Romy: No, I feel like this is really important because unless we, in the broader scope if we lift ourselves up to more of a big macro view; impact investing works when there's thoughtful observation going on, a little bit of a jump down the pride ladder.
Doug: Yeah, nice way to put it.
Romy: Pride's a stinker; it'll get us all in trouble. I notice that if we humble ourselves and we really understand impact investing works best if we can just stop and pay attention to things like that, that many would overlook. I personally want to thank you for taking that seriously and doing something about it. That's why you're one of the change makers.
Doug: Can I just share one last thing? I don't know if we're wrapping up, but there's a quote from a woman that I learned something dramatic from, that where this comes from. It can go right back to impact investing and the words there.
I was sitting with Mrs. Fisher, Marjorie, the other namesake of the foundation I'm lucky to serve. I'm sitting with her daughter Julie, sitting at her bedside while she was going through some thank you notes that she was receiving, that she had received from a handful of families whose children she supported through high school and college.
There was a group called Take Stock in Children in Florida that is an amazing group. They were the ones that actually did the work, Mrs. Fisher provided the resources. She was looking through a thank you note, and under her breath she said, and I'll never forget this.
For the years that I've spent at donor's sides, when they've had breakthroughs and when they've cried about the impact that they've made, or they've been excited about the legacy they've extended, I've never heard a donor say this before. She said, under her breath while looking at a note, "I will never be able to give enough to make up for how grateful I am for these families who have allowed me into their lives."
Doug: Right, I just want to say it one more time, so you don't have to back up the podcast or whatever. I needed to hear that because I was like, "What?"
Romy: That's so touching.
Doug: Yeah, she said, "I will never" ... This is a woman who had everything, as people would say. What she was looking for was to make an impact, she couldn't do it alone. She had the humility to know; this is Marjorie Fisher, she had the humility to know that she would never be able to give enough to make up for how grateful she felt for the families who allowed her into their lives.
When we go back to impact investing, and we go back to all this, the investors who champion a three X, two X, one X, zero X, you notice how it's smaller there, not bigger; that they need to be thanking the people who do this work every day. They need to be thanking the families that go to the meetings, for whatever the intervention is. That's what we call it; they don't call it an intervention. They call it, "This is justice."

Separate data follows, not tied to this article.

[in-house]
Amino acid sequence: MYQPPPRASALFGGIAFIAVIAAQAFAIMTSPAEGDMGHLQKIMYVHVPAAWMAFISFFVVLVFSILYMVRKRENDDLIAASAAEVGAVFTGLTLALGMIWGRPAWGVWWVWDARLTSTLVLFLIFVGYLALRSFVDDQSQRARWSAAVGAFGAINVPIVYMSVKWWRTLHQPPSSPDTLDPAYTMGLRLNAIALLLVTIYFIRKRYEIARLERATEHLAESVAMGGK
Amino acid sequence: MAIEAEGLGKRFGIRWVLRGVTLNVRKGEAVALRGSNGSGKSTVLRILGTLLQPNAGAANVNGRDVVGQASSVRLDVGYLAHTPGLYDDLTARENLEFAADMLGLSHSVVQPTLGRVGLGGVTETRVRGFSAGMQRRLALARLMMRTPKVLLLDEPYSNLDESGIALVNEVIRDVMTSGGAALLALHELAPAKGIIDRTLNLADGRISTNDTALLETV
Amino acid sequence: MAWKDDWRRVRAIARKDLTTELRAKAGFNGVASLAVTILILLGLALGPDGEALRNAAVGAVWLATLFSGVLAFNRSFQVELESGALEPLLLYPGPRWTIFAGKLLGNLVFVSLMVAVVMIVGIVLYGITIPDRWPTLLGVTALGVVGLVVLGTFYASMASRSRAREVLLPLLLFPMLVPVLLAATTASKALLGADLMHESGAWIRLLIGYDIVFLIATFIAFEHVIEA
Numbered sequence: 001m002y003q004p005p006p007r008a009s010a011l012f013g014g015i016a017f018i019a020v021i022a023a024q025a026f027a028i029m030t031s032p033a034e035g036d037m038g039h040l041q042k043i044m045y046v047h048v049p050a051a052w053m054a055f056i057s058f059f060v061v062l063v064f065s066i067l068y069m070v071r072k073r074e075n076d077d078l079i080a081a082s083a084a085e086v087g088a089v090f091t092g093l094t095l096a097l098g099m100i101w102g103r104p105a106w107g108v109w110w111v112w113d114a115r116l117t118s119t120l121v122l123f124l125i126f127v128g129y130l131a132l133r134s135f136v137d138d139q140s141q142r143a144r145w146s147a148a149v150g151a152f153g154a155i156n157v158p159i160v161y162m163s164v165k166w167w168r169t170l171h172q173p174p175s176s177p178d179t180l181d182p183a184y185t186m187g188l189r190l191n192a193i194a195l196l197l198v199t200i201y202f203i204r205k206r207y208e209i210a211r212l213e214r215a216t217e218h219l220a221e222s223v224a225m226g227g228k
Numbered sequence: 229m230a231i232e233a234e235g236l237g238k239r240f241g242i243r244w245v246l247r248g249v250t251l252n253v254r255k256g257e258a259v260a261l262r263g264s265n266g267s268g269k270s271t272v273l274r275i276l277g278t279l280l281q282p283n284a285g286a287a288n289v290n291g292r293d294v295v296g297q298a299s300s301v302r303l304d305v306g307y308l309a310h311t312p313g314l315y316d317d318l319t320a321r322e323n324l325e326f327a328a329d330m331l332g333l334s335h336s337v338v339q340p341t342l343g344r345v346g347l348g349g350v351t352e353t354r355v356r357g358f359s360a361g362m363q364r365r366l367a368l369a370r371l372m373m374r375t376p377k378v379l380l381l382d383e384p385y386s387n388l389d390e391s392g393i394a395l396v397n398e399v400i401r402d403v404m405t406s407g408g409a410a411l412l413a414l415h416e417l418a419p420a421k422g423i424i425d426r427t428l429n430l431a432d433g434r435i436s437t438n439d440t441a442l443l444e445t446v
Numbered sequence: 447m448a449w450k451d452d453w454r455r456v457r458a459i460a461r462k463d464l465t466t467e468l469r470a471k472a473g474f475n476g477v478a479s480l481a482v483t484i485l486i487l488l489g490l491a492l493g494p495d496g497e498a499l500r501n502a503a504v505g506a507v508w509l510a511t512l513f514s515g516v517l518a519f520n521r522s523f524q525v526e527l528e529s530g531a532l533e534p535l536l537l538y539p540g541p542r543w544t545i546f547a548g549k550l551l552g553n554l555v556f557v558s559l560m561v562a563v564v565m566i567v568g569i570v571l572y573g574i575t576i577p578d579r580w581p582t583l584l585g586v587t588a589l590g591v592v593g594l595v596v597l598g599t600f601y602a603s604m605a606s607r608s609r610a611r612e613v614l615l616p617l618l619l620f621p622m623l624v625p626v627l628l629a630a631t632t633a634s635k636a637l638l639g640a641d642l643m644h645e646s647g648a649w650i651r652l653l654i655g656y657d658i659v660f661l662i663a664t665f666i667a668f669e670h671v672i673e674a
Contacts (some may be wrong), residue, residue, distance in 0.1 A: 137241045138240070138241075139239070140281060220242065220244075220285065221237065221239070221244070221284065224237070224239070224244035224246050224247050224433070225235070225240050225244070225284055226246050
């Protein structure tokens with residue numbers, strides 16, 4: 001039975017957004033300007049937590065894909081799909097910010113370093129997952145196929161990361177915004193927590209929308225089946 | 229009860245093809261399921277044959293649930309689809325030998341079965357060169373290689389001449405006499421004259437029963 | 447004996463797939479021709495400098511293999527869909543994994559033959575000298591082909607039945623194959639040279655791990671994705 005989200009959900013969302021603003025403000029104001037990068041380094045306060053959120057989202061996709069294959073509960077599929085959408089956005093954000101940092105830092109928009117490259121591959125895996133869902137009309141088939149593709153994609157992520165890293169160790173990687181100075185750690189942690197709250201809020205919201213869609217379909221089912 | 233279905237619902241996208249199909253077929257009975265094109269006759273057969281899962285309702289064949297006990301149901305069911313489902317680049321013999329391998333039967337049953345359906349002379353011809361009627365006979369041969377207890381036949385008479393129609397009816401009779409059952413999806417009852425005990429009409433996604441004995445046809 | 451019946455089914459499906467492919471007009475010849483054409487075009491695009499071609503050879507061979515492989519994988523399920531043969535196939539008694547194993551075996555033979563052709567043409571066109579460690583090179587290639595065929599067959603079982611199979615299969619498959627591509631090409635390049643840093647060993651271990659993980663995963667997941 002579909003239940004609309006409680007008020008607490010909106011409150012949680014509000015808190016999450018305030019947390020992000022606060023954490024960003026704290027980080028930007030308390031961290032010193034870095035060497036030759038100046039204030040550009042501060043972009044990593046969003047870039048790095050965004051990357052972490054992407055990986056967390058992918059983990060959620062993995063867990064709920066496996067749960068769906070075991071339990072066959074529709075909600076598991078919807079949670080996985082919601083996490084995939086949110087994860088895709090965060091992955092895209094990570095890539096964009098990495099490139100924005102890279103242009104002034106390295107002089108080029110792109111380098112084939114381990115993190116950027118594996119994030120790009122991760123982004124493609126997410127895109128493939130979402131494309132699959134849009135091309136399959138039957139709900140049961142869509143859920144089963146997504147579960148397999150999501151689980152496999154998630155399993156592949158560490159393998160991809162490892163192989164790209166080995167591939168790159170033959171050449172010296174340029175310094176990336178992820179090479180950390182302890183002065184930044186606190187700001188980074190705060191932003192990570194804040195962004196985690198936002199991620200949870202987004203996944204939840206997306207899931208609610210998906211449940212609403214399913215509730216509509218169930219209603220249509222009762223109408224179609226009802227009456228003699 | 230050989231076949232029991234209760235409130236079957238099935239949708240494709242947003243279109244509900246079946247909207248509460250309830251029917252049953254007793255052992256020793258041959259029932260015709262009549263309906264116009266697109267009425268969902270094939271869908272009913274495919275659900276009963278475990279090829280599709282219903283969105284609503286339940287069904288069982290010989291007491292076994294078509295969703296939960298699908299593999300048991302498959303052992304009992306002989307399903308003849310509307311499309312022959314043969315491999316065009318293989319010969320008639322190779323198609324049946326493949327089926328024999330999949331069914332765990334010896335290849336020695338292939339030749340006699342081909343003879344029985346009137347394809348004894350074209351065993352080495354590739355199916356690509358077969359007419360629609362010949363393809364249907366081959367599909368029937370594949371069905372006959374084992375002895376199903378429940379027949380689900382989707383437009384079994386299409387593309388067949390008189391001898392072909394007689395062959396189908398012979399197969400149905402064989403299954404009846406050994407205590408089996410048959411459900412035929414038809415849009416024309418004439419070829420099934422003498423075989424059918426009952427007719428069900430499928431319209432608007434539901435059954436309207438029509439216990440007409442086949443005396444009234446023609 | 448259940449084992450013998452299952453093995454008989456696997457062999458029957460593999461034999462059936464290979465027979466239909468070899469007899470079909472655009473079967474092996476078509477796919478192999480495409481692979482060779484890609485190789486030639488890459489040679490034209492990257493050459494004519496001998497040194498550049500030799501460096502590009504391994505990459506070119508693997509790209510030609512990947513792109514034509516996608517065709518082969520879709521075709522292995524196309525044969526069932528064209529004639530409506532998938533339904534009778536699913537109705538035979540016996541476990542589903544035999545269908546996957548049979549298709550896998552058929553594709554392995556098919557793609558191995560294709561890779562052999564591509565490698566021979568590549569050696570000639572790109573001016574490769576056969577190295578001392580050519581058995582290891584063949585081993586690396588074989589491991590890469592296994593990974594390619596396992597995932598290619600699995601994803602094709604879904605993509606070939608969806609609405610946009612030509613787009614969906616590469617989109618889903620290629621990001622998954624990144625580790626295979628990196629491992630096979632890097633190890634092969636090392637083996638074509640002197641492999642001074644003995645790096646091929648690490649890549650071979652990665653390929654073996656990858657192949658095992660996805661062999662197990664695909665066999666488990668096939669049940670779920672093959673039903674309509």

Maybe someday two things will happen with impact investing. One thing is, is that we know that all investing has an impact. It can be positive or negative, negative we just call it an externality and then people don't pay for that. Imagine if all investing took in the full impact of it, positive, negative, and we just called it investing. Some of it has a positive impact, some of it doesn't.
Then we have for-impact for-profits. We could actually see it; it's like, "Report it guys." You know why they don't report it? They're just not disciplined enough. The for-profits, they just don't have enough discipline to measure their impact. That's what they used to say about us.
Anyways, it's the humility. I want to share that quote because I wanted you to hear it, Romy. You're a partner of ours; you're actually involved in a couple of our investments. That's part of our ethos, and I don't get to share that story very often and that quote. I have written about it, and I can give you a link to it.
That's the kind of humility then that underscores all of this and also recognizes the importance of the development officer in this mix. They're not begging for money; they're not taking people's money. They're developing opportunities for people to change the world and they need to look at this impact investing work and see themselves in it.
Romy: Yes, absolutely. That's a great place to close out for now. I want to thank you. I'd like to come back and periodically check in with you on your observations as a regular guest if you're willing.
Doug: Sure. Only if you see it worthy. You should talk about what those are before we go on.
Doug: I'm happy to, very kind.
Romy: Let me get one more, and I'm going to go back and insert this. Doug, what would be a strategy that you would give to a program officer who says, "Gosh, what do I say to my donor when they say, "Why wasn't I offered the opportunity to fund the equipment? Are you using my donation to pay back the other guy?"